NFL Referees, Religious Weddings, Food Safety, and More
Radio Q&A: Sunday, 30 September 2012
I answered questions on greed in the NFL dispute with referees, a religious wedding for an atheist groom, preventing information overload, food safety in a free society, and more on Philosophy in Action Radio on Sunday, 30 September 2012. Greg Perkins of Objectivist Answers was my co-host. You can listen to or download the podcast below.Remember, Philosophy in Action Radio is available to anyone, free of charge. That's because our goal is to spread rational principles for real life far and wide, as we do every week to thousands of listeners. We love doing that, but each episode requires our time, effort, and money. So if you enjoy and value our work, please contribute to our tip jar. We suggest $5 per episode or $20 per month, but any amount is appreciated. You can send your contribution via Dwolla, PayPal, or US Mail.
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Segments: 30 September 2012
Question: Were the NFL owners guilty of greed in their dispute with the referees? Until earlier this week, the NFL was in a labor dispute with its referees, and so the first three weeks of games used replacement referees. Those replacements weren't capable of performing up to the standard required in the NFL. Games were rife with missed or wrong calls, dangerously dirty play, and out-of-control fights. Commentators and fans were disgusted and furious, particularly after the touchdown ruling in Monday night's game between the Packers and the Seahawks. That furor seemed to force the NFL's hand. An agreement with the regular referees was reached on Wednesday night. Before that, some people claimed that the NFL owners were motivated by "greed." Is that right? Also, if the NFL hadn't brought back the regular referees, should fans have boycotted games?
Answer, In Brief: The concept "greed" is not a usable concept: it's hopelessly confused, if not corrupted by altruism. As for the NFL, the owners seem to have been mistaken on several points, but not in the grip of any fever to save a few dollars.
Question: Should an atheist refuse to have a religious wedding? I'm an atheist, but my fiancée is a not-terribly-devout Christian. My parents – and her parents too – are Christian. Everyone wants and expects us to have a religious wedding, but I don't want that. My future wife would be willing to have a secular wedding, but she prefers a religious one. Mostly, she doesn't want to argue with her parents over it. Should I insist on a secular wedding? Or should I just let this one go? What's the harm, either way?
Answer, In Brief: For an atheist to agree to a religious wedding under pressure from family means risking his character, his marriage, and his family relations. Don't do it!
Question: How can I prevent information overload? What are some good ways to limit the amount of information I process in the age of the internet? Besides Philosophy in Action, I follow several other podcasts, blogs, and news feeds. What's the best way to prioritize and limit my inputs without feeling like I'm missing something important? How can I retain the information I process and not feel like I'm jumping from one feed to the next without remembering anything?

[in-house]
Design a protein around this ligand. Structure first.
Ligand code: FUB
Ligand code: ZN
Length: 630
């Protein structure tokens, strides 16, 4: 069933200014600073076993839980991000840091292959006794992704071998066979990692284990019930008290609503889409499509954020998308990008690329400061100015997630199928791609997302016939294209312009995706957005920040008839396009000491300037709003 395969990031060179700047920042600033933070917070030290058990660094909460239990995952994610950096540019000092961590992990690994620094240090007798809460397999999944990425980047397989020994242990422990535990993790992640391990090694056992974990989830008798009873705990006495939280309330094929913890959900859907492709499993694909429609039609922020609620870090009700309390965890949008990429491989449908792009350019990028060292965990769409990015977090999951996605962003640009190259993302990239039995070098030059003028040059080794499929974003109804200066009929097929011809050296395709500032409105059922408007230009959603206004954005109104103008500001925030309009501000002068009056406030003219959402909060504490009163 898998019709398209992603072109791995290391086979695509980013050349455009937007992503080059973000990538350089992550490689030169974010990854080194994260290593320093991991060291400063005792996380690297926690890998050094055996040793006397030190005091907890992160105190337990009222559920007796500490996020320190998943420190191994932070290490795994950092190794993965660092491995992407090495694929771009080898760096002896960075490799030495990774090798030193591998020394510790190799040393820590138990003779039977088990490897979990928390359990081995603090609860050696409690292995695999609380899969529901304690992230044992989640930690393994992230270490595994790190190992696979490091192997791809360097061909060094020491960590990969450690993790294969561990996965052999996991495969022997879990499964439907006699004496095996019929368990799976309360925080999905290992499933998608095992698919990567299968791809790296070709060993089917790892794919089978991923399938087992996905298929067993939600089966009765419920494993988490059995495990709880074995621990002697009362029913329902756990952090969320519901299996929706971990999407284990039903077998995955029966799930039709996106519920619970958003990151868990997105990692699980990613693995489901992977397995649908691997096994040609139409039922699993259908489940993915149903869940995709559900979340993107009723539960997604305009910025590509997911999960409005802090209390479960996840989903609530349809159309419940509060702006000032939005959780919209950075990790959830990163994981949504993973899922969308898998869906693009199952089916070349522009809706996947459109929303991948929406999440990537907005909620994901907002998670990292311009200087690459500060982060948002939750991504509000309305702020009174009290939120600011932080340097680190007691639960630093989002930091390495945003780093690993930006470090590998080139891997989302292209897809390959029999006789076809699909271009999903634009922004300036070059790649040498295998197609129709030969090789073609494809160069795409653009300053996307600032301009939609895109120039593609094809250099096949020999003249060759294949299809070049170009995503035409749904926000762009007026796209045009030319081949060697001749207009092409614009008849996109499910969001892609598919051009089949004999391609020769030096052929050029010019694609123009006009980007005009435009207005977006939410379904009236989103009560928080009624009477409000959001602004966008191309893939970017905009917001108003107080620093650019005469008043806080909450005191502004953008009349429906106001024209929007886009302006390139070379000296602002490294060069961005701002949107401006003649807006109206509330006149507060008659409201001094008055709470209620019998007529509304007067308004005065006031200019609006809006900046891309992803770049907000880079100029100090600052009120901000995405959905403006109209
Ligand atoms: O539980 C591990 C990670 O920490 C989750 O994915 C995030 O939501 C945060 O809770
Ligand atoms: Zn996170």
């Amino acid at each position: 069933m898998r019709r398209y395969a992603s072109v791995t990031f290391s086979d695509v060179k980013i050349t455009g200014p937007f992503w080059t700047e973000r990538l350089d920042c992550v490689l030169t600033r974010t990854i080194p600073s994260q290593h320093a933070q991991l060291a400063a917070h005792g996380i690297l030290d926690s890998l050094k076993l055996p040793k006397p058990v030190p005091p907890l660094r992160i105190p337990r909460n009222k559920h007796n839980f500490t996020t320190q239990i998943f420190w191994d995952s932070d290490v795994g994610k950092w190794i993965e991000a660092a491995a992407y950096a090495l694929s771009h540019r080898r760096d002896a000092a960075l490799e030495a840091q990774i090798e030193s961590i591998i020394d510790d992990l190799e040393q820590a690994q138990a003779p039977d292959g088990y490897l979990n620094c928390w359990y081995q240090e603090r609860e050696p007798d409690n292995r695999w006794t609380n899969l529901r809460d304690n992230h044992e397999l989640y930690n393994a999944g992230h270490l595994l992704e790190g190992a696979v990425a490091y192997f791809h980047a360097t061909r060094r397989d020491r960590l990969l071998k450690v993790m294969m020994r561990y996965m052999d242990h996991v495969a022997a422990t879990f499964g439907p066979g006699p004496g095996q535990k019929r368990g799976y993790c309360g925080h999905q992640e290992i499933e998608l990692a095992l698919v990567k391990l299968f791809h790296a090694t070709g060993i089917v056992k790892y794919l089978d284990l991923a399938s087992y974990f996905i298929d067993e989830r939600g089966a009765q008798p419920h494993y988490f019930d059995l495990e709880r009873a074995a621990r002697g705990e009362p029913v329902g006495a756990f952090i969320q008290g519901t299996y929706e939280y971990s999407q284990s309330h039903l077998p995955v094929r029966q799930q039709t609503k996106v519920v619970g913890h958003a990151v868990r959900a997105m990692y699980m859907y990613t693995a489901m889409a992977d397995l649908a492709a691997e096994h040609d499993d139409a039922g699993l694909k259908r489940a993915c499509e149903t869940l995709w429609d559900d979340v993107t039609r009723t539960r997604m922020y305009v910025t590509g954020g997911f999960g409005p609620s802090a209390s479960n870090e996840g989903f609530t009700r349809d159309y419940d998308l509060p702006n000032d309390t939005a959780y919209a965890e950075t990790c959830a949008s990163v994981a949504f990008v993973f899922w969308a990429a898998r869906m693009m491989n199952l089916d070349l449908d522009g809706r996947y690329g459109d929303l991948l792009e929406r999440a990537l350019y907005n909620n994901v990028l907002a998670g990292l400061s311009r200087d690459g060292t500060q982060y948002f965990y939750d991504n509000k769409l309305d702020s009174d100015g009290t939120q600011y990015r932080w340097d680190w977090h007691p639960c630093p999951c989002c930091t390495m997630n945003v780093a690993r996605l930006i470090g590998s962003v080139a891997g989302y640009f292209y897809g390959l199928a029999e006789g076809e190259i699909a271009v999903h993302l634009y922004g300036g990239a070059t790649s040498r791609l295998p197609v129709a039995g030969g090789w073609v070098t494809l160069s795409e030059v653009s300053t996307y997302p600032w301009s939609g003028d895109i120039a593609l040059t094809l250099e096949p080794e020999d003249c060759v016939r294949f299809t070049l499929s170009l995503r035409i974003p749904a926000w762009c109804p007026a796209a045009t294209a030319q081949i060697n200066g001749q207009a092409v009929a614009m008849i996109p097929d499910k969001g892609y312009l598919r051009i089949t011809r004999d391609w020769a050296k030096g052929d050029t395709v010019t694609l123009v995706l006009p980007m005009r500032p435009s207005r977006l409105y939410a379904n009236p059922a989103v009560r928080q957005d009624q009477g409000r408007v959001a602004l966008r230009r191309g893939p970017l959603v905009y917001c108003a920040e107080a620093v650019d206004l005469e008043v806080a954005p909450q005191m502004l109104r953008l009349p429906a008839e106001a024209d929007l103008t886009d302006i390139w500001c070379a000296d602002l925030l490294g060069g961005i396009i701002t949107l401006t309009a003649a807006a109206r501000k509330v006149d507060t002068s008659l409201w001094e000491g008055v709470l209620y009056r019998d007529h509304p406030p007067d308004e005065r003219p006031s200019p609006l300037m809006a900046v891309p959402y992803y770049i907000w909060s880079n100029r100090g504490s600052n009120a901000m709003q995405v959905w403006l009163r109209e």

Answer, In Brief: To prevent information overload, a person needs to be ruthlessly purposeful and selective about the information he choose to pursue and consume.
Question: How would the government protect the safety of food and drugs in a free society? Would the FDA (Food and Drug Administration) exist in free society? If so, would food or drugs have to gain FDA approval to be sold? Would it have the power to remove food or drugs deemed unsafe from the market? If not, what would protect consumers from harm due to adulterated or otherwise unsafe food or drugs?
Answer, In Brief: The FDA violates rights: it should be abolished. The safety of food and drugs would be ensured in a free market by the profit-seeking of companies within the context of a legal system that bans fraud, torts, and other rights-violations.
Rapid Fire Questions (1:06:39)
- If someone without any ties and preparations whatsoever died in a free society what should be done with their assets and corpse?
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Remember, Philosophy in Action Radio is available to anyone, free of charge. That's because our goal is to spread rational principles for real life far and wide, as we do every week to thousands of listeners. We love doing that, but each episode requires our time, effort, and money. So if you enjoy and value our work, please contribute to our tip jar. We suggest $5 per episode or $20 per month, but any amount is appreciated. You can send your contribution via Dwolla, PayPal, or US Mail.
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About Philosophy in Action Radio
I'm Dr. Diana Hsieh. I'm a philosopher specializing the application of rational principles to the challenges of real life. I received my Ph.D in philosophy from the University of Colorado at Boulder in 2009. My first book, Responsibility & Luck: A Defense of Praise and Blame, is available for purchase in paperback, as well as for Kindle and Nook. The book defends the justice of moral praise and blame of persons using an Aristotelian theory of moral responsibility, thereby refuting Thomas Nagel's "problem of moral luck."
My radio show, Philosophy in Action Radio, broadcasts live over the internet on Sunday mornings and Wednesday evenings. On Sunday mornings, I answer four meaty questions applying rational principles to the challenges of real life in a live hour-long show. Greg Perkins of Objectivist Answers co-hosts the show. On Wednesday evenings, I interview an expert guest about a topic of practical importance.
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